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Legislative Power in Emerging African Democracies

Joel D. Barkan, editor
Legislative Power in Emerging African Democracies
ISBN: 978-1-58826-688-0
ISBN: 978-1-62637-111-8
2009/277 pages/LC: 2009026969

"Presents important insights that will advance understandings and future research on these critical institutions.... An unqualified success."—Peter VonDoepp, African Studies Review

"Timely and well conceived.... A much needed and impressively coherent collection that brings together some of the finest political scientists working on Africa to break new ground in the study of African politics."—Nic Cheeseman, Journal of Modern African Studies

"In method and exposition, this volume is a service to social science and policy-making.... Provides readers insight into the current state of democracies in Africa and how their individual legislative bodies can help direct the continent's future."—Harvey Glickman, ASMEA Newsletter

"A major contribution to the study of democratic institution building in developing countries, exposing the slow, complex, and halting process by which African legislatures become effective instruments of representation and accountability."—Larry Diamond, Stanford University

"This first comparative exploration of African legislatures is strongly recommended for anyone interested in the real world dynamics of institutional and democratic development. Barkan and his colleagues make a valuable contribution.... a fine piece of analysis."—Michael Bratton, Michigan State University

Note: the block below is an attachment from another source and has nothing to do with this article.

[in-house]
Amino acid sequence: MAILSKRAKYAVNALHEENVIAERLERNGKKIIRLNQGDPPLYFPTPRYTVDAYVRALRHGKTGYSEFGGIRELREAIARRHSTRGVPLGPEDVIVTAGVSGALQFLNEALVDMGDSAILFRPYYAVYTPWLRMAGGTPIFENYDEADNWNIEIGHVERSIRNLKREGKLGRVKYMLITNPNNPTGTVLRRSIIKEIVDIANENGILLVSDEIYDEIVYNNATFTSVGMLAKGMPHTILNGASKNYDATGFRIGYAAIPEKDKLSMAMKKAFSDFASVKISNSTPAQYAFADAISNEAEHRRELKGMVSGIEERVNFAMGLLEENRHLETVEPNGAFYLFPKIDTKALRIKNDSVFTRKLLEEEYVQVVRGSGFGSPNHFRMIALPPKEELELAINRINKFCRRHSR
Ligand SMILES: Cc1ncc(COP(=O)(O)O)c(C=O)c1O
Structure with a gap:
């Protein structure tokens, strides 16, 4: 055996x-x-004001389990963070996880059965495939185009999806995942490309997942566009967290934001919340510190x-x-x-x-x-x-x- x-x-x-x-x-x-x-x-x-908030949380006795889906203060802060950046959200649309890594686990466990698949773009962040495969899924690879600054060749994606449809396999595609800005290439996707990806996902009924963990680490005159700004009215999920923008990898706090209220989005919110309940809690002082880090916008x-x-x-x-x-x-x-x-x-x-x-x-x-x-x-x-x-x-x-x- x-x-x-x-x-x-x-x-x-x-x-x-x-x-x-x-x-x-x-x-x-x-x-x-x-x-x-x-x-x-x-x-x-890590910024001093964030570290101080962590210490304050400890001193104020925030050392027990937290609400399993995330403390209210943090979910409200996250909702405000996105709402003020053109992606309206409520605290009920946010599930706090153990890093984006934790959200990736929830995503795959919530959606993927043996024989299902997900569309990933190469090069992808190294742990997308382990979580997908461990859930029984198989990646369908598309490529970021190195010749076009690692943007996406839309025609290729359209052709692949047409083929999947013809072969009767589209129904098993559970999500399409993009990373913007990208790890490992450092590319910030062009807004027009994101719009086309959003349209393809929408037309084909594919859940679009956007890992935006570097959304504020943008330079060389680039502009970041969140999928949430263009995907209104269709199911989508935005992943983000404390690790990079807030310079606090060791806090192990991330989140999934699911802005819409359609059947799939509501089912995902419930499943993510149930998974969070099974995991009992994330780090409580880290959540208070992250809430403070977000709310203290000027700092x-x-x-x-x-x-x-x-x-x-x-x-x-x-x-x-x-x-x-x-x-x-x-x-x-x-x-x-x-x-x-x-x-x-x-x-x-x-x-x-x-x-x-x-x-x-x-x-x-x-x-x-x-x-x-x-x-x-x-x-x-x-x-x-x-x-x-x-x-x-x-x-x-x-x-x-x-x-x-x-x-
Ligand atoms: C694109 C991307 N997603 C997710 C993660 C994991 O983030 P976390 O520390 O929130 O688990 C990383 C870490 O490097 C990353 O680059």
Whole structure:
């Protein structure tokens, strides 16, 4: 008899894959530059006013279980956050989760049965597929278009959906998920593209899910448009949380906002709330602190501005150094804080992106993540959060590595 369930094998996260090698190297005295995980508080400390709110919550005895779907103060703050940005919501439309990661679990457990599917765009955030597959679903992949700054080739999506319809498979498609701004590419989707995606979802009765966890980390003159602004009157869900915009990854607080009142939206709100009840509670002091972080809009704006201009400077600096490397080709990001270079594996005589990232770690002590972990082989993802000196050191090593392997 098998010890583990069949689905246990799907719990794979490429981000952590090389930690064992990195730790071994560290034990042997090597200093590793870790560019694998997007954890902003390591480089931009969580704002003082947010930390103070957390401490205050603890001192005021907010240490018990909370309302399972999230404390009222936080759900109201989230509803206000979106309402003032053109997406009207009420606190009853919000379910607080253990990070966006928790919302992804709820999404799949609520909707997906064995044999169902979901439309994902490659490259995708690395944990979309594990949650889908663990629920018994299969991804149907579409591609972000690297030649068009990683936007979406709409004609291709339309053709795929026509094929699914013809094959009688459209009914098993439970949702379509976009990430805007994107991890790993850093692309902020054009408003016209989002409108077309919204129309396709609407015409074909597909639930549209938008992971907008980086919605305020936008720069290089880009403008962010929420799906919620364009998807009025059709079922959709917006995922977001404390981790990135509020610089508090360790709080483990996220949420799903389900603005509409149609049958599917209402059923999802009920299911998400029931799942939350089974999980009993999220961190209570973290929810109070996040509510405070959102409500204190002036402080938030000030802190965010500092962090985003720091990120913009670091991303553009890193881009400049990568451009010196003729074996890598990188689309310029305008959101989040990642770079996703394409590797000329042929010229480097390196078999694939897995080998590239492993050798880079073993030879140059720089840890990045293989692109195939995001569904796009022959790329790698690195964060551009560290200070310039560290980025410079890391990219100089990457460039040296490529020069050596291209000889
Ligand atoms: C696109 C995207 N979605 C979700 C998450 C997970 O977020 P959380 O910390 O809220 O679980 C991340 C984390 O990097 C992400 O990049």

"This is an immensely valuable book. It provides fascinating new insights into the consequences of the reemergence of competitive politics in Africa, into the conditions under which legislative institutions have developed so variously in six different African countries, and into the general relationship between civil society and the power of legislatures."—Gerhard Loewenberg, University of Iowa


A puzzle underpins this groundbreaking study of legislative development in Africa: Why are variations in the extent of legislative authority and performance across the continent only partially related, if at all, to the overall level of democratization? And if democratization is not the prime determinant of legislative authority, what is?

Exploring the constraints that have retarded the development and power of legislatures across Africa—and how members of some legislatures are breaking free of those constraints—the authors shed new light on the impact of the legislative branch on the political process in six emerging African democracies.


The late Joel D. Barkan was professor emeritus of political science at the University of Iowa and senior associate at the Center for Strategic and International Studies in Washington, DC. A long-time student of democratization and political economy across anglophone Africa, his numerous publications include Beyond Capitalism and Socialism in Kenya and Tanzania.


  • African Legislatures and the "Third Wave" of Democratization—J.D. Barkan.
  • Kenya’s Tortuous Path to Successful Legislative Development—J.D. Barkan and F. Matiangi.
  • The Rise and Ebb of Uganda's No-Party Parliament—N. Kasfir and S.H. Twebaze.
  • Benin: Legislative Development in Africa's First Democratizer—L. Adamolekun and M. Laleye.
  • Co-optation Despite Democratization in Ghana—S.I. Lindberg with Y. Zhou.
  • Rules and Rents in Nigeria's National Assembly—P.M. Lewis.
  • South Africa: Emerging Legislature or Rubber Stamp?—J.D. Barkan.
  • Conclusion—J.D. Barkan.